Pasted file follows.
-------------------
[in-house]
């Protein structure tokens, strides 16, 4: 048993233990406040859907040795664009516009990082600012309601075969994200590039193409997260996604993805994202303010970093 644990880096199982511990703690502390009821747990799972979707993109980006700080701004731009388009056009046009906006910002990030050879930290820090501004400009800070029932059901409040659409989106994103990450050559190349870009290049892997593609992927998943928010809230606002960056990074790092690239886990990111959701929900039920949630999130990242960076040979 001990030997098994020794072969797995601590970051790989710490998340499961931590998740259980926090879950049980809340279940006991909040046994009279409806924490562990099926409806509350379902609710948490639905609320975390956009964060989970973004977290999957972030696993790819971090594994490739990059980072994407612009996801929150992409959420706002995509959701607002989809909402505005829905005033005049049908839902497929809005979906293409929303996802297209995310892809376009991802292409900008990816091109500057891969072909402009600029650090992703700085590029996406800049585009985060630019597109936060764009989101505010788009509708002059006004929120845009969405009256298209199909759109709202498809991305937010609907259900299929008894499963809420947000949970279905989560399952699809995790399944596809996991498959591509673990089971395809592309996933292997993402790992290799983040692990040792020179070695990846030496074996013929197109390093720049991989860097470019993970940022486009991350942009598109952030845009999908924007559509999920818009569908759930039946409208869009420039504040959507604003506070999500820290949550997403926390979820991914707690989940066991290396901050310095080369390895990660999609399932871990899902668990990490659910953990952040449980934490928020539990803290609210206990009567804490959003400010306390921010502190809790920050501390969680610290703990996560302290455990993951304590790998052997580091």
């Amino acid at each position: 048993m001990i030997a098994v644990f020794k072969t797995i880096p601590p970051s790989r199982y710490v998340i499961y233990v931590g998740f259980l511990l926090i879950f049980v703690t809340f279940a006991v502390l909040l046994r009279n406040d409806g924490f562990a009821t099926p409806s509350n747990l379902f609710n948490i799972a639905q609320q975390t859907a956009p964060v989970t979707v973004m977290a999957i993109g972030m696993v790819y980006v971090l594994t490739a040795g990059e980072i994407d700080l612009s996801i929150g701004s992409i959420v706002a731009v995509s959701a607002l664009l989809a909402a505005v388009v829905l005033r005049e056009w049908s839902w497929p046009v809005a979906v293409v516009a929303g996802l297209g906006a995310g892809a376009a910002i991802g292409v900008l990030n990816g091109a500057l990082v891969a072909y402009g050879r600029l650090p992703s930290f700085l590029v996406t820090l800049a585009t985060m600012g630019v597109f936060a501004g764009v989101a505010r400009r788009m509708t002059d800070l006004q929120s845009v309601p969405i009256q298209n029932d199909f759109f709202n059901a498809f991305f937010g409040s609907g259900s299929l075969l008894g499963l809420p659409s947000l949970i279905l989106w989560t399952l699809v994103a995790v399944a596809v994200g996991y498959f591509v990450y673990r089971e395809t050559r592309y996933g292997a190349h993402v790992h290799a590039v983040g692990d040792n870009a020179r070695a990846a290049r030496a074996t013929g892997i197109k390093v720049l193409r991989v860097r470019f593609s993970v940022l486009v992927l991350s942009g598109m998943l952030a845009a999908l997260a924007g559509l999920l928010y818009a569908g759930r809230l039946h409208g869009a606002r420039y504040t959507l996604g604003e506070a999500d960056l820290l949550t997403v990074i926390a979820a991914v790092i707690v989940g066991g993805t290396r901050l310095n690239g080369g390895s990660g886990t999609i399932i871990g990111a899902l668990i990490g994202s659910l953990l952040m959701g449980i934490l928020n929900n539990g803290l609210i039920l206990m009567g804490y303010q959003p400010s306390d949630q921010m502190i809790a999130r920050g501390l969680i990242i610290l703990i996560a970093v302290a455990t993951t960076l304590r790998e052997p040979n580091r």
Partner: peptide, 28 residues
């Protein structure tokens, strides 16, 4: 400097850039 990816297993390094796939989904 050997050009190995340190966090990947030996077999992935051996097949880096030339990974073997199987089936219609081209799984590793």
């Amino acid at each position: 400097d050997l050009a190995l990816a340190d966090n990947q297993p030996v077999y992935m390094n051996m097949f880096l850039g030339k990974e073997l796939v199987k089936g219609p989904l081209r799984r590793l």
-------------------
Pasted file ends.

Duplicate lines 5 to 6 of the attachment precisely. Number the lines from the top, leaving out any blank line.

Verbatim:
């Protein structure tokens, strides 16, 4: 400097850039 990816297993390094796939989904 050997050009190995340190966090990947030996077999992935051996097949880096030339990974073997199987089936219609081209799984590793």
């Amino acid at each position: 400097d050997l050009a190995l990816a340190d966090n990947q297993p030996v077999y992935m390094n051996m097949f880096l850039g030339k990974e073997l796939v199987k089936g219609p989904l081209r799984r590793l």